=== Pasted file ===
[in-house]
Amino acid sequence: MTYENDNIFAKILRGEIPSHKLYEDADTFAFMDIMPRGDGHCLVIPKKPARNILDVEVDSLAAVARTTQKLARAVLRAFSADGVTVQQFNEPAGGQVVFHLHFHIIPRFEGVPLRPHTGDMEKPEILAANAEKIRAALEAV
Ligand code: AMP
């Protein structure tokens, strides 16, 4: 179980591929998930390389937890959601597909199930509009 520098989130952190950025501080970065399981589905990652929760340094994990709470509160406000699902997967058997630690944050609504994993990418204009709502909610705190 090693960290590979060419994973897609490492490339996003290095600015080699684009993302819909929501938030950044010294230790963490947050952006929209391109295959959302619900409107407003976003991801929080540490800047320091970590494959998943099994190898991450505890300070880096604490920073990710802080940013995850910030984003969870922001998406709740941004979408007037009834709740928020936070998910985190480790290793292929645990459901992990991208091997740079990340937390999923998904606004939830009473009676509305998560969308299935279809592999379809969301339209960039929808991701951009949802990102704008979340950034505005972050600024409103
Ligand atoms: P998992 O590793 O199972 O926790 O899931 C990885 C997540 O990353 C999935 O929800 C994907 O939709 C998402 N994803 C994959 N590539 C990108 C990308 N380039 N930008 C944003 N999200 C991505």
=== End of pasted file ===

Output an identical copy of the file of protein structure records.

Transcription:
[in-house]
Amino acid sequence: MTYENDNIFAKILRGEIPSHKLYEDADTFAFMDIMPRGDGHCLVIPKKPARNILDVEVDSLAAVARTTQKLARAVLRAFSADGVTVQQFNEPAGGQVVFHLHFHIIPRFEGVPLRPHTGDMEKPEILAANAEKIRAALEAV
Ligand code: AMP
């Protein structure tokens, strides 16, 4: 179980591929998930390389937890959601597909199930509009 520098989130952190950025501080970065399981589905990652929760340094994990709470509160406000699902997967058997630690944050609504994993990418204009709502909610705190 090693960290590979060419994973897609490492490339996003290095600015080699684009993302819909929501938030950044010294230790963490947050952006929209391109295959959302619900409107407003976003991801929080540490800047320091970590494959998943099994190898991450505890300070880096604490920073990710802080940013995850910030984003969870922001998406709740941004979408007037009834709740928020936070998910985190480790290793292929645990459901992990991208091997740079990340937390999923998904606004939830009473009676509305998560969308299935279809592999379809969301339209960039929808991701951009949802990102704008979340950034505005972050600024409103
Ligand atoms: P998992 O590793 O199972 O926790 O899931 C990885 C997540 O990353 C999935 O929800 C994907 O939709 C998402 N994803 C994959 N590539 C990108 C990308 N380039 N930008 C944003 N999200 C991505």